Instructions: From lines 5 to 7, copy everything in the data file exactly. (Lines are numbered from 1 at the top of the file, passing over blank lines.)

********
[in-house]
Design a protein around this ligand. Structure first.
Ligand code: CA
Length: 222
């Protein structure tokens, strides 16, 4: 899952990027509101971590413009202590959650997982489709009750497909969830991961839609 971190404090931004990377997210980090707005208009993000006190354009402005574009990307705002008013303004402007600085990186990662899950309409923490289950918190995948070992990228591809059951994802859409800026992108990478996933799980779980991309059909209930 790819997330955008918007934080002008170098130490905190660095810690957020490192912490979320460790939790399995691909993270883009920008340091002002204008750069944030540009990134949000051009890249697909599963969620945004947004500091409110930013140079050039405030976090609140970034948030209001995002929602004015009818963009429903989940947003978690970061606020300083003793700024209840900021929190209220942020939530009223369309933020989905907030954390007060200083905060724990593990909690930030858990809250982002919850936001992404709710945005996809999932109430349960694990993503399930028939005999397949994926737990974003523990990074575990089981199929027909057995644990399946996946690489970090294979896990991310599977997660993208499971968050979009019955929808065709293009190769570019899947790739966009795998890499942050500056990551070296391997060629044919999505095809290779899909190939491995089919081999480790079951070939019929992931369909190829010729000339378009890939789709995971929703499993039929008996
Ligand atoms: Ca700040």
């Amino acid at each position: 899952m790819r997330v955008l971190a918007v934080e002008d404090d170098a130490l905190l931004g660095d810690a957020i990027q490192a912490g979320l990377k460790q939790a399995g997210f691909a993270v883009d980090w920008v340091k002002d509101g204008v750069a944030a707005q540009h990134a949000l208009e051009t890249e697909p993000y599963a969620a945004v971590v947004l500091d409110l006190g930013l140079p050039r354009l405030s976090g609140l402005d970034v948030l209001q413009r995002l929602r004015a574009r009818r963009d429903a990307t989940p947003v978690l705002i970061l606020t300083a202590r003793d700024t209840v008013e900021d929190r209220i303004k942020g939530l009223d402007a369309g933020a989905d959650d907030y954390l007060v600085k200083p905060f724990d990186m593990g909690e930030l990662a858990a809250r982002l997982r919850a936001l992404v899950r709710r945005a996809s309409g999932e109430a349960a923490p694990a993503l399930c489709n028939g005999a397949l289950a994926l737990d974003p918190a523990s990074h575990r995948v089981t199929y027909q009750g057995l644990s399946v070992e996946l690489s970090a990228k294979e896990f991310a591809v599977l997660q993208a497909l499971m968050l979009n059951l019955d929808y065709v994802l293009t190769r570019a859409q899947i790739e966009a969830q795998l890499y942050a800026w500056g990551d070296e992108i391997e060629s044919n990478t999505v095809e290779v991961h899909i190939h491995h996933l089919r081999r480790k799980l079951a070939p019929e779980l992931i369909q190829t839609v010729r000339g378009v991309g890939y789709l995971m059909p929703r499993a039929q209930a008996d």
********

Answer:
């Protein structure tokens, strides 16, 4: 899952990027509101971590413009202590959650997982489709009750497909969830991961839609 971190404090931004990377997210980090707005208009993000006190354009402005574009990307705002008013303004402007600085990186990662899950309409923490289950918190995948070992990228591809059951994802859409800026992108990478996933799980779980991309059909209930 790819997330955008918007934080002008170098130490905190660095810690957020490192912490979320460790939790399995691909993270883009920008340091002002204008750069944030540009990134949000051009890249697909599963969620945004947004500091409110930013140079050039405030976090609140970034948030209001995002929602004015009818963009429903989940947003978690970061606020300083003793700024209840900021929190209220942020939530009223369309933020989905907030954390007060200083905060724990593990909690930030858990809250982002919850936001992404709710945005996809999932109430349960694990993503399930028939005999397949994926737990974003523990990074575990089981199929027909057995644990399946996946690489970090294979896990991310599977997660993208499971968050979009019955929808065709293009190769570019899947790739966009795998890499942050500056990551070296391997060629044919999505095809290779899909190939491995089919081999480790079951070939019929992931369909190829010729000339378009890939789709995971929703499993039929008996
Ligand atoms: Ca700040």
């Amino acid at each position: 899952m790819r997330v955008l971190a918007v934080e002008d404090d170098a130490l905190l931004g660095d810690a957020i990027q490192a912490g979320l990377k460790q939790a399995g997210f691909a993270v883009d980090w920008v340091k002002d509101g204008v750069a944030a707005q540009h990134a949000l208009e051009t890249e697909p993000y599963a969620a945004v971590v947004l500091d409110l006190g930013l140079p050039r354009l405030s976090g609140l402005d970034v948030l209001q413009r995002l929602r004015a574009r009818r963009d429903a990307t989940p947003v978690l705002i970061l606020t300083a202590r003793d700024t209840v008013e900021d929190r209220i303004k942020g939530l009223d402007a369309g933020a989905d959650d907030y954390l007060v600085k200083p905060f724990d990186m593990g909690e930030l990662a858990a809250r982002l997982r919850a936001l992404v899950r709710r945005a996809s309409g999932e109430a349960a923490p694990a993503l399930c489709n028939g005999a397949l289950a994926l737990d974003p918190a523990s990074h575990r995948v089981t199929y027909q009750g057995l644990s399946v070992e996946l690489s970090a990228k294979e896990f991310a591809v599977l997660q993208a497909l499971m968050l979009n059951l019955d929808y065709v994802l293009t190769r570019a859409q899947i790739e966009a969830q795998l890499y942050a800026w500056g990551d070296e992108i391997e060629s044919n990478t999505v095809e290779v991961h899909i190939h491995h996933l089919r081999r480790k799980l079951a070939p019929e779980l992931i369909q190829t839609v010729r000339g378009v991309g890939y789709l995971m059909p929703r499993a039929q209930a008996d």